As a starting point of our work, electrochemical cycling of PQ monomer was performed. In literature, cycling of PQ exhibited relatively low capacity utilization, well below 50% of the theoretical capacity (257 mAh/g) [10, 13], leading to the conclusion that PQ electroactive moiety can undergo only single-electron reduction. This was in stark contrast with our electrochemical cycling results of a similar AQ compound, which is an isomer of PQ. AQ displayed capacity utilization over 70%, clearly indicating two electron reduction of AQ. A clear difference between our and literature work was use of different binders [12, 13]. In our work, PTFE binder was used, while literature results were obtained on electrodes with PVDF binder. To test the possible influence of the binder, PQ electrodes with PTFE binder were prepared. In the first discharge, our PQ electrode gave a high discharge capacity of 176 mAh/g with an average discharge voltage of 1.35 V (Figure 1). Practical capacity utilization of 68% clearly points to two-electron reduction of PQ electroactive group. In the case of single-electron reduction a maximum of half of theoretical capacity could be expected. However, in practice, first discharge capacities of simple organic compounds are typically much lower than theoretical due to rapid dissolution of active material. The discharge capacity displayed a small drop to 169 mAh/g in the second cycle, which was followed by an accelerated capacity fade due to the dissolution of active material, resulting in only 36 mAh/g of discharge capacity in the 20th cycle. During the remainder of the cycling, Coulombic efficiency stabilized around 98% (Figure 1). To further check for the possible presence of side reactions, electrode composed of only Printex carbon black and PTFE was cycled, exhibiting only capacitance behavior (Figure S1). The redox potential of PQ exemplifies an expected upshift in comparison with AQ electroactive moiety due to the ortho position of carbonyl groups . Interestingly, the overpotential of Al-PQ is relatively high (more than 200 mV), much larger than in the case of AQ (less than 100 mV) .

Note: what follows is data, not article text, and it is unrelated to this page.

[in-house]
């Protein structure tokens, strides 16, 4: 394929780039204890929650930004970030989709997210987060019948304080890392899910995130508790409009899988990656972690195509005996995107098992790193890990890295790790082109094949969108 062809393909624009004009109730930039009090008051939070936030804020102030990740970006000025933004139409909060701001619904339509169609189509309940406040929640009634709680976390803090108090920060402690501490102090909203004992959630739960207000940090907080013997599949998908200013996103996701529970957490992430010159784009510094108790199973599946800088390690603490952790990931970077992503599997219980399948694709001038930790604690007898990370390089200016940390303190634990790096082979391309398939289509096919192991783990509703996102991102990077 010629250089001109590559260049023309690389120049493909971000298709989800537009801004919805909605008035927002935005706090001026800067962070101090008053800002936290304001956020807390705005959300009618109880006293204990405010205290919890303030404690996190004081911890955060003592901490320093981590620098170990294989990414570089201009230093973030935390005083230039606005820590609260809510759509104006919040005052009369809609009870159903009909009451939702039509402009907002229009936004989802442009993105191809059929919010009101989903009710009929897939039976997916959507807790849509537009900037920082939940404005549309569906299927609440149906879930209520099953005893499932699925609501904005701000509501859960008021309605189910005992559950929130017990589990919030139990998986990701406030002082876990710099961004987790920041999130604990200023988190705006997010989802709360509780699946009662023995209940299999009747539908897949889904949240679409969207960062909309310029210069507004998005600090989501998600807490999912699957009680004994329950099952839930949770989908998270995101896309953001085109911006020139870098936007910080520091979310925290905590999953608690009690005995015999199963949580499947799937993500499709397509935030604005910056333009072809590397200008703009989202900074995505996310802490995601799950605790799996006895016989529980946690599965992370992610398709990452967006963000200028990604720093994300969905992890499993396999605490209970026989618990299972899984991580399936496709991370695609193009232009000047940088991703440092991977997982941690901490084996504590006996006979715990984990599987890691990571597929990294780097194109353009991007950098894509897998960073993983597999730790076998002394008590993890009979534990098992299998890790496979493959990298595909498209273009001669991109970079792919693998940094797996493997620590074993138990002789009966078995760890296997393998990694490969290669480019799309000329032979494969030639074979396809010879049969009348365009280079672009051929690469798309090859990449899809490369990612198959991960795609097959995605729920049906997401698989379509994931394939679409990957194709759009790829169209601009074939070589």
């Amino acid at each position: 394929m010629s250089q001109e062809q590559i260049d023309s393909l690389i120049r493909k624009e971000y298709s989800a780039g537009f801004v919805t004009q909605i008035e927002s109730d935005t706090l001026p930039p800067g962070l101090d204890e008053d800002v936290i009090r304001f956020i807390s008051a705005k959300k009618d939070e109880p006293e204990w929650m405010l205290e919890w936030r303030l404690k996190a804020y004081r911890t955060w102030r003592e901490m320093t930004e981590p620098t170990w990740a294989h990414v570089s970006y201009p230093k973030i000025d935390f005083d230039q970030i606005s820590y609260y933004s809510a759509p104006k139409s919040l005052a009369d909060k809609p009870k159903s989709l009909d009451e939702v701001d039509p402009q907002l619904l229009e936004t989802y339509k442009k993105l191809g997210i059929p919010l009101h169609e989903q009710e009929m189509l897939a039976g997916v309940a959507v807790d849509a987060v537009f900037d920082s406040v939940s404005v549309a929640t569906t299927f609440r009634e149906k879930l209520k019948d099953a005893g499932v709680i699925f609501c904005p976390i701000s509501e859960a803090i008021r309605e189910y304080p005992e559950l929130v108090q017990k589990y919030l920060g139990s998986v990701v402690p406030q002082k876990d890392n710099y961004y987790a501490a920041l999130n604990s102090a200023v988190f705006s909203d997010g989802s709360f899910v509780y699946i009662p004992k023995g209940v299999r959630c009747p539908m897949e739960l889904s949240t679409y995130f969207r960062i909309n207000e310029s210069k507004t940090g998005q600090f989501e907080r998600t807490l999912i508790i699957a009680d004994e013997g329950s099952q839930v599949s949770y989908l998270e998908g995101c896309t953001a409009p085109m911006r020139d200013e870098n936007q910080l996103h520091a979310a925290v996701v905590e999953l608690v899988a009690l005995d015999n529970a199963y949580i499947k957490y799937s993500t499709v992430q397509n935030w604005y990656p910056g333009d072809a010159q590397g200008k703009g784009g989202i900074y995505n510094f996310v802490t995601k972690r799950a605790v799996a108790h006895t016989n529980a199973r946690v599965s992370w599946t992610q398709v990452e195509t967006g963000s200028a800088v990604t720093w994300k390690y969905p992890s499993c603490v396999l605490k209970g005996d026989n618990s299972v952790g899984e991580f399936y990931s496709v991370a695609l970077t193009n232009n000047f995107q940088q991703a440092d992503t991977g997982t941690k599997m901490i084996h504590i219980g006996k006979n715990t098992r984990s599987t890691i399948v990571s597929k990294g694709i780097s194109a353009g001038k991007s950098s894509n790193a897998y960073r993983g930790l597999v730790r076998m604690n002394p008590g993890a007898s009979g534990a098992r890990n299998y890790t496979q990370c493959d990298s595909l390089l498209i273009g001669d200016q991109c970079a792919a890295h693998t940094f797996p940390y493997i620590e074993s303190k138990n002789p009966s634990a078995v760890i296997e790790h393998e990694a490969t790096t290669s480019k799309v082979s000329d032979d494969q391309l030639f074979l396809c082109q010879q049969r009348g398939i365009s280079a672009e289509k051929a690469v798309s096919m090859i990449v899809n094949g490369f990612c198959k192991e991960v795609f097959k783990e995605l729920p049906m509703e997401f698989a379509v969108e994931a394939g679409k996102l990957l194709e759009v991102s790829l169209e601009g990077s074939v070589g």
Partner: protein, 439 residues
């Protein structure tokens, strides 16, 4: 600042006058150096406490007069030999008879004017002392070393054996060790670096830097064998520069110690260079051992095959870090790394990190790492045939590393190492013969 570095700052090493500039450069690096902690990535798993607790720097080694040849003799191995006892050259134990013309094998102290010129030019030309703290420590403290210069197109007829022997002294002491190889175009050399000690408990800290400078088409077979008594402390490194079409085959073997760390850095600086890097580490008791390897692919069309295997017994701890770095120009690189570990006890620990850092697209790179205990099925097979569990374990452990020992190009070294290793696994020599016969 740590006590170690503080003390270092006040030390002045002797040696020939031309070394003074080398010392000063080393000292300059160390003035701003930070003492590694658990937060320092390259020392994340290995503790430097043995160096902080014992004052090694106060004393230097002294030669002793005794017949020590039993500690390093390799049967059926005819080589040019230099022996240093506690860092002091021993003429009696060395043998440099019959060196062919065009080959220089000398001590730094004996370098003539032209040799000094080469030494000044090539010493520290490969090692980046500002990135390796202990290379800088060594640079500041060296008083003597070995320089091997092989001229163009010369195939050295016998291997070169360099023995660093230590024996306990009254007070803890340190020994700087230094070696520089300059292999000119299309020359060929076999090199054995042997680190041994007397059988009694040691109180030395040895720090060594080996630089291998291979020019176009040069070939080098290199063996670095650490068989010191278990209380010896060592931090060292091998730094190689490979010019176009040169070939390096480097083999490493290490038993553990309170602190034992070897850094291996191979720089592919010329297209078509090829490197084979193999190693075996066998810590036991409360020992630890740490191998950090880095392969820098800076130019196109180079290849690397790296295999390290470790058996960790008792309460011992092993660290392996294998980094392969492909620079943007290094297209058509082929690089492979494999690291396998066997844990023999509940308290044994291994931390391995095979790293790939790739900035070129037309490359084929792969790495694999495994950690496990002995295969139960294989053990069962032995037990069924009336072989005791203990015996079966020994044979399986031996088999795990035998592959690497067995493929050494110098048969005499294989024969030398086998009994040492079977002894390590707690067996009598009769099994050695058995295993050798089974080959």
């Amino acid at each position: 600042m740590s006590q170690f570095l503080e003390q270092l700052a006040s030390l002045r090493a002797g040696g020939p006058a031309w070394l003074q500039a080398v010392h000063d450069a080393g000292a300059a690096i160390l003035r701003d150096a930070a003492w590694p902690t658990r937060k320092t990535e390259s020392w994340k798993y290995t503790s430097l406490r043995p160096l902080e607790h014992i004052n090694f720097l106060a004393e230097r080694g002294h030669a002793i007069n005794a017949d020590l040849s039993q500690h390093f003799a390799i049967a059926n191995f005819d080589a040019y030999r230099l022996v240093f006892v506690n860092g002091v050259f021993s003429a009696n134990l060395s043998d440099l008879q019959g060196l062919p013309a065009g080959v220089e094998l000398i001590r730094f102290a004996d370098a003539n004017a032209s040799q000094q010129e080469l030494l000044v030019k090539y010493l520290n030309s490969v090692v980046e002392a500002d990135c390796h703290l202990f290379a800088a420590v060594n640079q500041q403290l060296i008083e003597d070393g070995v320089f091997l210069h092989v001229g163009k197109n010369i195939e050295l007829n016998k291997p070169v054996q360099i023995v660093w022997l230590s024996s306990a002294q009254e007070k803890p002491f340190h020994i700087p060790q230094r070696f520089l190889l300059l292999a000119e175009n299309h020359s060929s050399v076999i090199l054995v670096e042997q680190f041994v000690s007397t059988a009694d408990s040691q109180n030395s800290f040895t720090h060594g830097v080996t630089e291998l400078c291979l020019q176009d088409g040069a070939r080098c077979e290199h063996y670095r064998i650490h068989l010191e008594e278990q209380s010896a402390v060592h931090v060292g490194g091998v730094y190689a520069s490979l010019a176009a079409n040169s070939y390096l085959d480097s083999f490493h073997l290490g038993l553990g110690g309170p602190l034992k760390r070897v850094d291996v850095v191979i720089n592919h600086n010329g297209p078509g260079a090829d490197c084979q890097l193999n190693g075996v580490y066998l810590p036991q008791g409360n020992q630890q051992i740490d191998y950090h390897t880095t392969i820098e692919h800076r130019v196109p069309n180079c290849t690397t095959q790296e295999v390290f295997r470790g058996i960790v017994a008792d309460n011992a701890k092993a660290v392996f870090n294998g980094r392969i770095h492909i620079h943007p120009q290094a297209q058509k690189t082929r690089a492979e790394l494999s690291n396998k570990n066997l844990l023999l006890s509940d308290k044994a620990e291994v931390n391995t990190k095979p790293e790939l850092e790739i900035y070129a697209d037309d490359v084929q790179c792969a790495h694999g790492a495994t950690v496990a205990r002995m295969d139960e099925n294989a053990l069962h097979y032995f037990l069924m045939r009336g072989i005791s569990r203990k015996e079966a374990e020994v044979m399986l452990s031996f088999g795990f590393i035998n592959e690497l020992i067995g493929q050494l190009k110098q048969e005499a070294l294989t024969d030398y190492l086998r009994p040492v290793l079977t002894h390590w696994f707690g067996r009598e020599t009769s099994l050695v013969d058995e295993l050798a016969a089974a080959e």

From the obtained discharge capacities, we can assume that PQ undergoes two-electron reduction, which appears as a single voltage plateau. The contrast between our results and those in the literature is most likely caused by use of different binders. To test this hypothesis, we prepared PVDF-based electrode. Electrochemical cycling of PVDF-electrode showed significantly worse electrochemical performance. In the first discharge, only 136 mAh/g is obtained. The capacity fade is even faster than in the case of PTFE-electrode, and less than 50 mA/g is obtained after 5 cycles (Figure S2). The electrode with PVDF binder exhibits also increased polarization of more than 300 mV. An important difference between PVDF and PTFE binders is that PVDF binder is solubilized during electrode preparation, while PTFE is used as a suspension. During ball milling, PTFE binder forms fiber like structures that lead to the highly porous electrode structure. On other hand, soluble PVDF binder glues the particles together giving a less porous electrode structure (Figure S3). From this we can clearly conclude that the use of PTFE binder is beneficial for capacity utilization of the active material, although it does not lead to any long-term stability improvement. Subsequently, PTFE electrodes were used in all further tests.